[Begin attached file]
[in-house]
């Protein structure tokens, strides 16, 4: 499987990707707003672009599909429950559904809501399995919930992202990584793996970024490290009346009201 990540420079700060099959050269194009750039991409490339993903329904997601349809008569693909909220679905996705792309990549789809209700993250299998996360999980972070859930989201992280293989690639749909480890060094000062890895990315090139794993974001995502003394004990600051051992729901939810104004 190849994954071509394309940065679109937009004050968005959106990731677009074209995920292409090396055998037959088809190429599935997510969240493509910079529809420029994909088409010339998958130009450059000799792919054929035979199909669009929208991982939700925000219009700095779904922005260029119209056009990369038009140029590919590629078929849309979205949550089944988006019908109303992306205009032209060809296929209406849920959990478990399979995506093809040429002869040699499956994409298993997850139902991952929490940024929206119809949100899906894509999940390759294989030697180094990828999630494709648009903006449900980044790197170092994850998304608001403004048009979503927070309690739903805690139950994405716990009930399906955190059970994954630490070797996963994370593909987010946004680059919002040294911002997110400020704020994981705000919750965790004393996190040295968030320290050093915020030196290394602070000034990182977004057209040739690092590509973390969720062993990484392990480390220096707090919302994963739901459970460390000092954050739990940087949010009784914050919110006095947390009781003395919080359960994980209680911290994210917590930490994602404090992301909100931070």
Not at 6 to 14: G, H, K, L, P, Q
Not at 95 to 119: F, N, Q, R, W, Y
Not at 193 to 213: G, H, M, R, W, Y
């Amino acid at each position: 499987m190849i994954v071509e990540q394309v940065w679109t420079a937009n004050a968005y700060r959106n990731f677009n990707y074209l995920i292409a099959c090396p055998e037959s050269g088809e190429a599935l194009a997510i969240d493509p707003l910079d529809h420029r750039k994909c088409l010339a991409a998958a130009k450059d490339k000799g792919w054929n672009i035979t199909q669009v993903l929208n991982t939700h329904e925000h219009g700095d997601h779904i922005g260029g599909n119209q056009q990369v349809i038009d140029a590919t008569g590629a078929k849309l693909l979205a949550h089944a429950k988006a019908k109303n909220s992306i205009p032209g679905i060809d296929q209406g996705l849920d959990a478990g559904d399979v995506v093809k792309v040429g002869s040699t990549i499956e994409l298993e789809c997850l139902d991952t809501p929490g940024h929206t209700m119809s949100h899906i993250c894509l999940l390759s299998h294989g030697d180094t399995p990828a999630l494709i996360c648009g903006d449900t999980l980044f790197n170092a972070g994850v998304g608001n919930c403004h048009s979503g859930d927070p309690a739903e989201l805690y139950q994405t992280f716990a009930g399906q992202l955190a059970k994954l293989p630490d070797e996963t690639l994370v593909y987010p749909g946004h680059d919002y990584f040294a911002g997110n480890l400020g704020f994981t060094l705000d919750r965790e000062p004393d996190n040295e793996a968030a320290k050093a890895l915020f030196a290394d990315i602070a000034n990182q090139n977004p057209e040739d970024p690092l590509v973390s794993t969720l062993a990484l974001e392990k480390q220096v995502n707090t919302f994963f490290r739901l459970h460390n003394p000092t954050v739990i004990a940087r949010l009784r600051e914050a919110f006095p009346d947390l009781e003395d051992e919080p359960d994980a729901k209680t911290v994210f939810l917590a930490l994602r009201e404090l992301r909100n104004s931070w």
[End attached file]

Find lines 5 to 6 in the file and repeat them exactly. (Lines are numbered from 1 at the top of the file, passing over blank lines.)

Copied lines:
Not at 193 to 213: G, H, M, R, W, Y
């Amino acid at each position: 499987m190849i994954v071509e990540q394309v940065w679109t420079a937009n004050a968005y700060r959106n990731f677009n990707y074209l995920i292409a099959c090396p055998e037959s050269g088809e190429a599935l194009a997510i969240d493509p707003l910079d529809h420029r750039k994909c088409l010339a991409a998958a130009k450059d490339k000799g792919w054929n672009i035979t199909q669009v993903l929208n991982t939700h329904e925000h219009g700095d997601h779904i922005g260029g599909n119209q056009q990369v349809i038009d140029a590919t008569g590629a078929k849309l693909l979205a949550h089944a429950k988006a019908k109303n909220s992306i205009p032209g679905i060809d296929q209406g996705l849920d959990a478990g559904d399979v995506v093809k792309v040429g002869s040699t990549i499956e994409l298993e789809c997850l139902d991952t809501p929490g940024h929206t209700m119809s949100h899906i993250c894509l999940l390759s299998h294989g030697d180094t399995p990828a999630l494709i996360c648009g903006d449900t999980l980044f790197n170092a972070g994850v998304g608001n919930c403004h048009s979503g859930d927070p309690a739903e989201l805690y139950q994405t992280f716990a009930g399906q992202l955190a059970k994954l293989p630490d070797e996963t690639l994370v593909y987010p749909g946004h680059d919002y990584f040294a911002g997110n480890l400020g704020f994981t060094l705000d919750r965790e000062p004393d996190n040295e793996a968030a320290k050093a890895l915020f030196a290394d990315i602070a000034n990182q090139n977004p057209e040739d970024p690092l590509v973390s794993t969720l062993a990484l974001e392990k480390q220096v995502n707090t919302f994963f490290r739901l459970h460390n003394p000092t954050v739990i004990a940087r949010l009784r600051e914050a919110f006095p009346d947390l009781e003395d051992e919080p359960d994980a729901k209680t911290v994210f939810l917590a930490l994602r009201e404090l992301r909100n104004s931070w």